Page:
20% of California hospitals at risk of closure: 4 leaders react

Healthcare leaders in California warned more hospitals in the state will be forced to close or significantly reduce services without immediate financial relief from the state legislature.

The California Hospital Association held a press call April 12 with the group's CEO and leaders from three hospitals in response to a new Kaufman Hall report that details the "staggering" financial blows hospitals have faced since the start of the pandemic. One in 5 California hospitals are at risk of closure, according to the report. In 2022, total expenses for California hospitals were $23.4 billion higher than prepandemic levels and outpaced increases in revenue. 

After federal COVID-19 relief, the state's hospitals still lost more than $20 billion in the last three years, Carmela Coyle, president and CEO of the California Hospital Association, said during the call. More than half of the state's 400 hospitals also lose money each day, Ms. Coyle said. One of the largest financial challenges for many hospitals is dependence on state and federal programs such as Medicare and Medicaid, which don't reimburse providers nearly as much as commercial insurers. 

"The healthcare math no longer adds up," she said. "Every single day that passes without action is a day that more and more hospitals in the state are taking the next step toward the edge of their survivability and toward the edge of access to care for their communities." 

MLK Community Hospital in southern Los Angeles began losing money in 2021 and is now tapping reserves and borrowing money to cover costs. The small hospital has been running between 20 percent and 50 percent above capacity, which reflects the unmet demands for basic care in the communities it serves, according to CEO Elaine Batchlor, MD. 

"Providers can't afford to practice in our community," she said. "The result is our community lacks access to doctors so our hospital is taking care of patients with very basic untreated medical conditions like diabetes, high blood pressure, heart disease and kidney disease." 

Service cuts are looming for MLK Community Hospital. Sans financial support, it might have to close its wound center and end labor and delivery services, Dr. Batchlor said. 

"The impact on our patients when we need to begin reducing services and cutting back is going to be devastating," she said. 

Donna Hefner, BSN, RN, president and CEO of Sierra View Medical Center in Porterville, and Patty Maysent, CEO of UC San Diego Health, echoed those same challenges and concerns.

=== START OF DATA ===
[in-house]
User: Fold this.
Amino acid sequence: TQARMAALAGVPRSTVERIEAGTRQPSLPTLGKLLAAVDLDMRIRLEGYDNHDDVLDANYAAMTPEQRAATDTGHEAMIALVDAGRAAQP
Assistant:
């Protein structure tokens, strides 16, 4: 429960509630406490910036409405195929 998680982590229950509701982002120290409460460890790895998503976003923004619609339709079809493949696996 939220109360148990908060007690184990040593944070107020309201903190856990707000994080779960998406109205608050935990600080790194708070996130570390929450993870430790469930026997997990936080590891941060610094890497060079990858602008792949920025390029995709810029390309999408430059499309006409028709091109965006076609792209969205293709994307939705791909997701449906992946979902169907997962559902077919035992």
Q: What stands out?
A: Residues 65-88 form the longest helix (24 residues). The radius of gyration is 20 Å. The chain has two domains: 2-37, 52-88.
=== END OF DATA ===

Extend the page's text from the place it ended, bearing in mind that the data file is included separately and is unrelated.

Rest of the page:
Sierra View Medical Center provides acute and outpatient services to a community of 62,000 residents and a greater area that spans 115,000 residents. Eighty percent of its patient revenue comes from government payers, according to Ms. Hefner. That's the same proportion of patients who were publicly covered at Madera Community Hospital, which closed its doors at the end of December.

Ms. Maysent of UCSD described the pressures hospitals in Imperial County are facing, including El Centro Regional Medical Center. UCSD announced it would assume full operational, clinical and financial management to try and stabilize the hospitals' finances in February, but it's become clear that under "no scenario" is there enough leverage for the hospital to remain sustainable on its own. 

"This is just one scenario where hospitals are within two, three, four months of running out of cash, and they're going to close without some kind of major intervention," she said. 

With Madera's closure, the county's 160,000 residents face at least a half-hour drive to hospitals in neighboring Fresno County, which have struggled to keep up with the influx of patients. 

Some 50 miles south of Fresno in Visalia, Kaweah Health Medical Center is another hospital on the verge of closure. In March, its CEO, Gary Herbst, warned it "will not continue to exist" without outside financial support. 

While the CHA has asked Gov. Gavin Newsom for $1.5 billion to be distributed to the most financially burdened facilities, it's not the long-term fix, healthcare leaders said. 

"Expenses are simply outpacing those government payments. The only sustainable fix here is an increase in those reimbursement rates," Ms. Coyle said. 

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